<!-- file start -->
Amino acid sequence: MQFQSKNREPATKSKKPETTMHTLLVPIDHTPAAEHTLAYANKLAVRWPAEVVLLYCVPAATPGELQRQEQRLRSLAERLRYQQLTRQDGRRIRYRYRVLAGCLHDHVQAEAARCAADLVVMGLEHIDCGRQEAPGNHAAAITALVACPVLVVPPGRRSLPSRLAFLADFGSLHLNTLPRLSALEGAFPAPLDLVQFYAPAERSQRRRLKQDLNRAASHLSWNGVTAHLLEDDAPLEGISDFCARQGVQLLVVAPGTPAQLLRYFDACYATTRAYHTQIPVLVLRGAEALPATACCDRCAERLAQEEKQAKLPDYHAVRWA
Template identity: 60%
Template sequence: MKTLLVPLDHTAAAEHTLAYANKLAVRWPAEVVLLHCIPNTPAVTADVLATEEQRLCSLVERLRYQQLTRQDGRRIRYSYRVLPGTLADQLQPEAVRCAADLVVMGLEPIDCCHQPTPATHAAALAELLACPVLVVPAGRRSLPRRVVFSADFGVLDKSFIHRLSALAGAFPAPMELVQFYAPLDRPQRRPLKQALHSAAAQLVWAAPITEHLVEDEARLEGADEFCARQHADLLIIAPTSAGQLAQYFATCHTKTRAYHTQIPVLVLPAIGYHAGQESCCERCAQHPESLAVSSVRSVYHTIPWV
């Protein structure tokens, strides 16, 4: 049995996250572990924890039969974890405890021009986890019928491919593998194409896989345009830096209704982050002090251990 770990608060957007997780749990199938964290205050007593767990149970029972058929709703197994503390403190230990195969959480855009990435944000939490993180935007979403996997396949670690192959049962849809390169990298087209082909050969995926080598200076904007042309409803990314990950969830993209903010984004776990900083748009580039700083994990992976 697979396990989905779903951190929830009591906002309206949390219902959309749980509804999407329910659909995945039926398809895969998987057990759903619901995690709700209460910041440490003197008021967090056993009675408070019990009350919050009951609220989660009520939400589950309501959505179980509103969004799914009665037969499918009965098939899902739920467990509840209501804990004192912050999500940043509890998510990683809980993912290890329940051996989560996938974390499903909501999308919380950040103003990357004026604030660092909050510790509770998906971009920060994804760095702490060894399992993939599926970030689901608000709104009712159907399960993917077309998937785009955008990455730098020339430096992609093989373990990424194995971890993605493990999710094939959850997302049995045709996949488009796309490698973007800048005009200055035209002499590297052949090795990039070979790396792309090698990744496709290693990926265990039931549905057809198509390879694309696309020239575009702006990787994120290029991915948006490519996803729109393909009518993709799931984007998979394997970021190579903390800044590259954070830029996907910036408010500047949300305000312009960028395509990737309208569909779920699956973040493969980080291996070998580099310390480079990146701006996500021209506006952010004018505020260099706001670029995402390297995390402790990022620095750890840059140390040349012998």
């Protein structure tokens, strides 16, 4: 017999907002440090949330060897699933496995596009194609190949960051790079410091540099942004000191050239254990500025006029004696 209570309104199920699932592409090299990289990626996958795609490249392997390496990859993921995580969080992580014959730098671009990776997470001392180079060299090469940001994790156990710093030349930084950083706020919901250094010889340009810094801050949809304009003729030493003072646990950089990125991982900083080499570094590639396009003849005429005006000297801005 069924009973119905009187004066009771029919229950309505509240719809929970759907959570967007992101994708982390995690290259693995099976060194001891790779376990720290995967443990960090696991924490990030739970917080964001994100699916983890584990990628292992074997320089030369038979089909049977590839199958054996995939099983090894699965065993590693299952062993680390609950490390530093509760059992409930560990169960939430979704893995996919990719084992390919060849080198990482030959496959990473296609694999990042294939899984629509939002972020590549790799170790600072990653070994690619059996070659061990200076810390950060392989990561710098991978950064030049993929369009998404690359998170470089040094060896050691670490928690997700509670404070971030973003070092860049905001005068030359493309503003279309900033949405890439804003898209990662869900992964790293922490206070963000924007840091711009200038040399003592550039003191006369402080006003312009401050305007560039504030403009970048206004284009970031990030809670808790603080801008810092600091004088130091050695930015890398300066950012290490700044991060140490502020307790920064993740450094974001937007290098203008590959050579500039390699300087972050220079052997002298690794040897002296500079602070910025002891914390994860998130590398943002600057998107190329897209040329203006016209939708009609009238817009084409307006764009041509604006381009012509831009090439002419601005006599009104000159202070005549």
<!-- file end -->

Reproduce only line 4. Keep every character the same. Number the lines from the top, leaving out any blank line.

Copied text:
């Protein structure tokens, strides 16, 4: 049995996250572990924890039969974890405890021009986890019928491919593998194409896989345009830096209704982050002090251990 770990608060957007997780749990199938964290205050007593767990149970029972058929709703197994503390403190230990195969959480855009990435944000939490993180935007979403996997396949670690192959049962849809390169990298087209082909050969995926080598200076904007042309409803990314990950969830993209903010984004776990900083748009580039700083994990992976 697979396990989905779903951190929830009591906002309206949390219902959309749980509804999407329910659909995945039926398809895969998987057990759903619901995690709700209460910041440490003197008021967090056993009675408070019990009350919050009951609220989660009520939400589950309501959505179980509103969004799914009665037969499918009965098939899902739920467990509840209501804990004192912050999500940043509890998510990683809980993912290890329940051996989560996938974390499903909501999308919380950040103003990357004026604030660092909050510790509770998906971009920060994804760095702490060894399992993939599926970030689901608000709104009712159907399960993917077309998937785009955008990455730098020339430096992609093989373990990424194995971890993605493990999710094939959850997302049995045709996949488009796309490698973007800048005009200055035209002499590297052949090795990039070979790396792309090698990744496709290693990926265990039931549905057809198509390879694309696309020239575009702006990787994120290029991915948006490519996803729109393909009518993709799931984007998979394997970021190579903390800044590259954070830029996907910036408010500047949300305000312009960028395509990737309208569909779920699956973040493969980080291996070998580099310390480079990146701006996500021209506006952010004018505020260099706001670029995402390297995390402790990022620095750890840059140390040349012998």